Social Healing, Trauma and the Law

SCLG2623 Sociology of Terror Major Essay
What is the difference between individual and social healing in post-conflict societies?   Discuss contrasting the kinds of strategies that have been pursued in relation to memory, trauma, reconciliation, justice and rights.
3,000 Words
Forgiving is difficult. The very idea of it can be offensive after horrible events like the Holocaust, the genocide in Rwanda, or the genocidal violence in Tibet.   Even to people outside the victim group, the idea that survivors should forgive following genocide is an affront, an athema.   It is inconceivable to them and incomprehensible how victims or anyone else would or should forgive the perpetrators…Nonetheless, forgiving is necessary and desirable.   It paves the way for reconciliation and furthers the healing, thereby making a better future possible.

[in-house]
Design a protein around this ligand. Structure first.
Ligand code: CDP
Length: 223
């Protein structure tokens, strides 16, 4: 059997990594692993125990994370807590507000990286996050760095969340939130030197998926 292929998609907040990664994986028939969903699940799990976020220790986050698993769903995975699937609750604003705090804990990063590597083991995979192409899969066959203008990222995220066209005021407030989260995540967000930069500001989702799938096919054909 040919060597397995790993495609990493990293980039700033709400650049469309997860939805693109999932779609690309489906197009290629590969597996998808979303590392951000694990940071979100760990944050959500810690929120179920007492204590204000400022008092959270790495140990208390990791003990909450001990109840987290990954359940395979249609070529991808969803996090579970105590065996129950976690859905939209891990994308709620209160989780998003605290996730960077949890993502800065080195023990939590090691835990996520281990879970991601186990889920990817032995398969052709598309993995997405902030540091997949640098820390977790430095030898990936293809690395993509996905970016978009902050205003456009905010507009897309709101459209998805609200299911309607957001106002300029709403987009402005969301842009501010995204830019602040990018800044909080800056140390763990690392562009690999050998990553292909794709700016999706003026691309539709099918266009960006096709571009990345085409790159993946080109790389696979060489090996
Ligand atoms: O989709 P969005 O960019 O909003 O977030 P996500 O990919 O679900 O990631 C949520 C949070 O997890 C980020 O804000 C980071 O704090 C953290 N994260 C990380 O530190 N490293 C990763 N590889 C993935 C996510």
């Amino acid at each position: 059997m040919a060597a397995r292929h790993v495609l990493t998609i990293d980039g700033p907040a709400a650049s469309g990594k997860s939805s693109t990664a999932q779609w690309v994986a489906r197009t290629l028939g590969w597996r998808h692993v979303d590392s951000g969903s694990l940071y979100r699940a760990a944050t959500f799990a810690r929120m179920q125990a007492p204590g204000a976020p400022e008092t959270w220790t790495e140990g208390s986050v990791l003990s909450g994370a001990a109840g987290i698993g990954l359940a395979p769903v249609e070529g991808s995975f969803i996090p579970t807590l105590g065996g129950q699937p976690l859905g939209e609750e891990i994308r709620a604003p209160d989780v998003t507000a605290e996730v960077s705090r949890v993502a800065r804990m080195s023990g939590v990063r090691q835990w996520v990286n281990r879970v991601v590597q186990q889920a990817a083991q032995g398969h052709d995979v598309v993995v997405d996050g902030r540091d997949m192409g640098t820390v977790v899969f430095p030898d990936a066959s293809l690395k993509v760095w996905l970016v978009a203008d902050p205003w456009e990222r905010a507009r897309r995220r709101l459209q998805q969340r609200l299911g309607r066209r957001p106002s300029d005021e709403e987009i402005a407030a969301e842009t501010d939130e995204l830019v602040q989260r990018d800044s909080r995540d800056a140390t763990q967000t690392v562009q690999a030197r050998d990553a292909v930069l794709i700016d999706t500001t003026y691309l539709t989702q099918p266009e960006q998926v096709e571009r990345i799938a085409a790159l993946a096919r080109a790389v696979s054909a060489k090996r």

-Ervin Staub and Laurie Anne Pearlman (Cited By Jeffrey, 2008: 179)

Society is underpinned by standards and expectations as to what social worlds should resemble and how they should operate.   But when the very foundations of that world are rocky and open to misuse and abuse, the society is left in a destabilized position.   What remains is the question of how these worlds are tolerated in this destabilized form?   Can they continue indefinitely in such a way?   This place of discomfort is the abject, that which is contrary to everyday harmony.   Often the locus of the abject can be expressed in violence.   In the case of the Holocaust the abject impacted the individual Jewish people and the wider community of Europe.   The meaning that was derived to spark the violence and the meaning that remains are in stark contrast.   Another more recent example is that of the war in the former Yugoslavia, and the atrocities that were committed on all sides against one another.   Both are instances where a seemingly stable life has turned on its inhabitant’s heads and suddenly rights are removed and suddenly friends and neigbours become the abject.   How...